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About Bond697

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  1. Wild Pokémon and stationary legendaries without a shiny check have their PIDs created in the same way. It involves using the TID and SID to evaluate the seed being used for the PID and whether or not it should be OR-ed with 0x80000000 on creation. ---------------------------------------------------------------------------------------------------- standard 0x8 decision pid generation(btw, r6 is sidtid for basically this entire thing) 020056FC F096ECB6 blx #0209C06C //switch to ARM, to 0209C06C (umul64()) -return to 02005700 02005700 6922 ldr r2,[r4,#0x10] // load value at 2216254 into r2(00269EC3) 02005702 6963 ldr r3,[r4,#0x14] // load 02216258 into r3(aka, zero-out r3) 02005704 1810 add r0,r2,r0 // add together r0 and r2, finish l32 advancement 02005706 414B adc r3,r1 // new upper seed 02005708 6020 str r0,[r4] // store the lower half-rng back to the state offset 0200570A 6063 str r3,[r4,#0x4] // store the upper half-rng back to the state offset 0200570C 2D00 cmp r5, #0x0 // this is 0 for pid creation only 0200570E D101 bne #0x2005714 // false, no branch 02005714 6860 ldr r0,[r4,#0x4] // load the value of the upper half of the rng state into r0 02005716 2100 mov r1, #0x0 // set r1 to 00000000 02005718 2300 mov r3, #0x0 // set r3 to 00000000 0200571A 1C2A mov r2, r5 // move contents r5(0x0) to r2 0200571C F096ECA6 blx #0209C06C // no branch 02005720 1C08 mov r0,r1 //save that u32 02005722 BD38 pop {r3-r5,r15} //jump to 20186F8 020186F8 1C04 mov r4,r0 //save the seed to compare 020186FA E024 b #0x2018746 02018746 9807 ldr r0,[sp,#0x1C] // value @ 2FE3604(0x2) 02018748 2800 cmp r0,#0x0 0201874A D019 beq #0x2018780 0201874C 2801 cmp r0,#0x1 0201874E D002 beq #0x2018756 02018750 2802 cmp r0,#0x2 02018752 D01E beq #0x2018792 ;true 02018792 2001 mov r0,#0x1 02018794 9906 ldr r1,[sp,#0x18] 02018796 0400 lsl r0,r0,#0x10 //prepping for base 0x00010000 xor 02018798 1C22 mov r2,r4 0201879A 4002 and r2,r0 //not understanding why it ANDs u32 by 10000, but r2 now == 0 0201879C 0409 lsl r1,r1,#0x10 0201879E 428A cmp r2,r1 // same as with the legendaries, 10000 vs. 20000, not equal(this is ability-setting junk) 020187A0 D000 beq #0x20187A4 // false, no advancement 020187A2 4044 eor r4,r0 // base xor by 00010000 020187A4 1C20 mov r0,r4 // store this half-ready pid to r0 and save it... 020187A6 BDF8 pop {r3-r7,r15} 021A9DB2 79A1 ldrb r1,[r4,#0x6] //2FE36C4- pull a byte out of a local array- this byte determines the type of PID- HL, standard, gift, etc 021A9DB4 2902 cmp r1,#0x2 // r1 = 0 021A9DB6 D012 beq #0x21A9DDE // false, no branch 021A9DB8 6A2C ldr r4,[r5,#0x20] //load sidtid to r4 021A9DBA 0401 lsl r1,r0,#0x10 //set the lower half of the temp pid to r1(u16 of r1, need to fix) 021A9DBC 0C0B lsr r3,r1,#0x10 // move the lower half temp-pid to the lower half of r3 to prep 021A9DBE 0421 lsl r1,r4,#0x10 // separate tid and sid; this is tid 021A9DC0 0C22 lsr r2,r4,#0x10 // sid is ready 021A9DC2 0C09 lsr r1,r1,#0x10 // tid is ready 021A9DC4 4051 eor r1,r2 // tid ^ sid 021A9DC6 1C1A mov r2,r3 // move lower 16 of pid to r2, get ready for next step 021A9DC8 404A eor r2,r1 l16 pid ^ (tid ^ sid) 021A9DCA 2101 mov r1,#0x1 // r1 = 1 021A9DCC 4211 tst r1,r2 // (tid ^ sid ^ l16 pid) & 1 (= 0 in my case) 021A9DCE D004 beq #0x21A9DDA // resolve to 0, skip this 021A9DD0 2102 mov r1,#0x2 // set up 0x8 or 021A9DD2 0789 lsl r1,r1,#0x1E // r1 = 80000000 021A9DD4 B002 add sp,#0x8 021A9DD6 4308 orr r0,r1 // this is an OR, not XOR 021A9DD8 BD70 pop {r4-r6,r15} //return 021A9DDA 4902 ldr r1,=#0x7FFFFFFF // set up to finish the pid 021A9DDC 4008 and r0,r1 // unset the highest bit, though it's probably not set as it is 021A9DDE B002 add sp,#0x8 021A9DE0 BD70 pop {r4-r6,r15} // return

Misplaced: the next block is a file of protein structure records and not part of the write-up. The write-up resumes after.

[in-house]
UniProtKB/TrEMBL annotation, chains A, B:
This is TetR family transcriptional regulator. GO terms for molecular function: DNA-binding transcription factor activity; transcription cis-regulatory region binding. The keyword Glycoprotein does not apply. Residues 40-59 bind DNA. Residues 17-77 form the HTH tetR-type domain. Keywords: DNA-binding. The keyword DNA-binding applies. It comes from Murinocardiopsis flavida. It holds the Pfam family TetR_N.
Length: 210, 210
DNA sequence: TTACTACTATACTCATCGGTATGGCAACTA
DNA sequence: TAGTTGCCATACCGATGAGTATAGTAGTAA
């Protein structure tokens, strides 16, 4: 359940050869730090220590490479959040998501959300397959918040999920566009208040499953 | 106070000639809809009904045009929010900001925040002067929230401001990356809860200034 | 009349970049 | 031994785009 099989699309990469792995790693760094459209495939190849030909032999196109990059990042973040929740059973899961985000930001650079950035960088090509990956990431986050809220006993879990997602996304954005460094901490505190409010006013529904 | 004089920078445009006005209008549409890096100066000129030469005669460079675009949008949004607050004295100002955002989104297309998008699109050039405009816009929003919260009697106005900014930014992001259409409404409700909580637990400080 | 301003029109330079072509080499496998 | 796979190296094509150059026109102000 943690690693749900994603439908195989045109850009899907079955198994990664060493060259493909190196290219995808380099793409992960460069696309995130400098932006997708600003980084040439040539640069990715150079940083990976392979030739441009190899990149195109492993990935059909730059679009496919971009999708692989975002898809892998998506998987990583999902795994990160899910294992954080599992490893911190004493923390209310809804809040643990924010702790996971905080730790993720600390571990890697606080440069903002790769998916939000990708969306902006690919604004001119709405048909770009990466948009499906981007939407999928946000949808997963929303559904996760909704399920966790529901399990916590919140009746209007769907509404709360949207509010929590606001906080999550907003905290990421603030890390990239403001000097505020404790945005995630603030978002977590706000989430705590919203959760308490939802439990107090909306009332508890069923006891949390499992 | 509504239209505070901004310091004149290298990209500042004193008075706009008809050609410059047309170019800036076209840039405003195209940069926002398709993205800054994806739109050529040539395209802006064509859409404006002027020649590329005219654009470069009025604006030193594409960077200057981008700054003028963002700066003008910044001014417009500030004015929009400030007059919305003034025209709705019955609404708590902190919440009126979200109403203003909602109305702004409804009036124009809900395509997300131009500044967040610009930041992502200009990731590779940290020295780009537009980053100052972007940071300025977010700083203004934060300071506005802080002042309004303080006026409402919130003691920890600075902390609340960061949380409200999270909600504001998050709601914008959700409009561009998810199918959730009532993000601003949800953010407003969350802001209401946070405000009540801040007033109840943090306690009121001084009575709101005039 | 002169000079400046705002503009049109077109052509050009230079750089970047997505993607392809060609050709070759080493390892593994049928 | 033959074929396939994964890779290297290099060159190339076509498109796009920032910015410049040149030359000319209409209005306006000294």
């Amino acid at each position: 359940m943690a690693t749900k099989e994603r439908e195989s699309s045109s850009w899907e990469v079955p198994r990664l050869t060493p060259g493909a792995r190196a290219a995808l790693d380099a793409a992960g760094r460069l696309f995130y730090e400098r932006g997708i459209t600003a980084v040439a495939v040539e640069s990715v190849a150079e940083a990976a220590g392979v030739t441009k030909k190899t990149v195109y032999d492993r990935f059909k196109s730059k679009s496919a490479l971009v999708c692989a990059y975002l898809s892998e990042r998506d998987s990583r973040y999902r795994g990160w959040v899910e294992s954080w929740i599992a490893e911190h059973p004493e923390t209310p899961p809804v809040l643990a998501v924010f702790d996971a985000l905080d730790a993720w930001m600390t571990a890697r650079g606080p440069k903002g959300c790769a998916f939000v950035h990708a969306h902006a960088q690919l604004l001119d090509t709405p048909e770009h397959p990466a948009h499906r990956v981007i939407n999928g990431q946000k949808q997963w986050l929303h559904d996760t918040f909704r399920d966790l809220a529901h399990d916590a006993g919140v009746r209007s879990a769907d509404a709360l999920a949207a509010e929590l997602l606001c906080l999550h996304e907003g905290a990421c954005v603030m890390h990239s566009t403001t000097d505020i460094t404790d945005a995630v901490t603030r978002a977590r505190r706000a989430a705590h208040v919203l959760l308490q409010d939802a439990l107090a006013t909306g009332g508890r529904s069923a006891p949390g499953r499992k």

2. I think you got confused. 10anniv otg is: (rand() >> 7) & 1 if 0, ot gender is 1, if 1, ot gender is 0 so take the highest bit of the lower byte of rand(). if it's 0, ot gender is 1, if 1, then otg is 0. 0x31 is the ot gender field in the pkm RAM:02013A66 FC F7 D9 FE BL rand RAM:02013A6A C0 11 ASRS R0, R0, #7 ; rand >> 7 & 1 RAM:02013A6C 38 40 ANDS R0, R7 ; gender decision RAM:02013A6E 00 28 CMP R0, #0 RAM:02013A70 0C D0 BEQ loc_2013A8C RAM:02013A72 00 20 MOVS R0, #0 RAM:02013A74 41 46 MOV R1, R8 ; r8 is sp+0x15 RAM:02013A76 08 70 STRB R0, [R1] ; set sp+0x15 to 0 RAM:02013A78 0A E0 B loc_2013A90 RAM:02013A78 ; --------------------------------------------------------------------------- RAM:02013A7A 00 00 ALIGN 4 RAM:02013A7C A0 B7 01 02 off_2013A7C DCD pp_name ; DATA XREF: createPkm+Er RAM:02013A7C ; createPkm+58r RAM:02013A80 14 60 00 03 dword_2013A80 DCD 0x3006014 ; DATA XREF: createPkm+14r RAM:02013A84 00 00 FF FF dword_2013A84 DCD 0xFFFF0000 ; DATA XREF: createPkm+2Cr RAM:02013A88 FF FF 00 00 dword_2013A88 DCD 0xFFFF ; DATA XREF: createPkm+30r RAM:02013A8C ; --------------------------------------------------------------------------- RAM:02013A8C RAM:02013A8C loc_2013A8C ; CODE XREF: createPkm+C0j RAM:02013A8C 40 46 MOV R0, R8 ; r8 is sp+0x15 RAM:02013A8E 07 70 STRB R7, [R0] ; set sp+0x15 to 1 RAM:02013A90 RAM:02013A90 loc_2013A90 ; CODE XREF: createPkm+C8j RAM:02013A90 30 1C MOVS R0, R6 ; pkm RAM:02013A92 31 21 MOVS R1, #0x31 ; ot gender RAM:02013A94 42 46 MOV R2, R8 ; this is the data ptr with the ot gender decision RAM:02013A96 FE F7 83 FA BL setPkmPartyData RAM:02013A9A 07 B0 ADD SP, SP, #0x1C RAM:02013A9C 38 BC POP {R3-R5} RAM:02013A9E 98 46 MOV R8, R3 RAM:02013AA0 A1 46 MOV R9, R4 RAM:02013AA2 AA 46 MOV R10, R5 RAM:02013AA4 F0 BC POP {R4-R7} RAM:02013AA6 01 BC POP {R0} RAM:02013AA8 00 47 BX R0
  3. i have no doubt they're exactly the same aside from the obvious changes to ot and whatever else.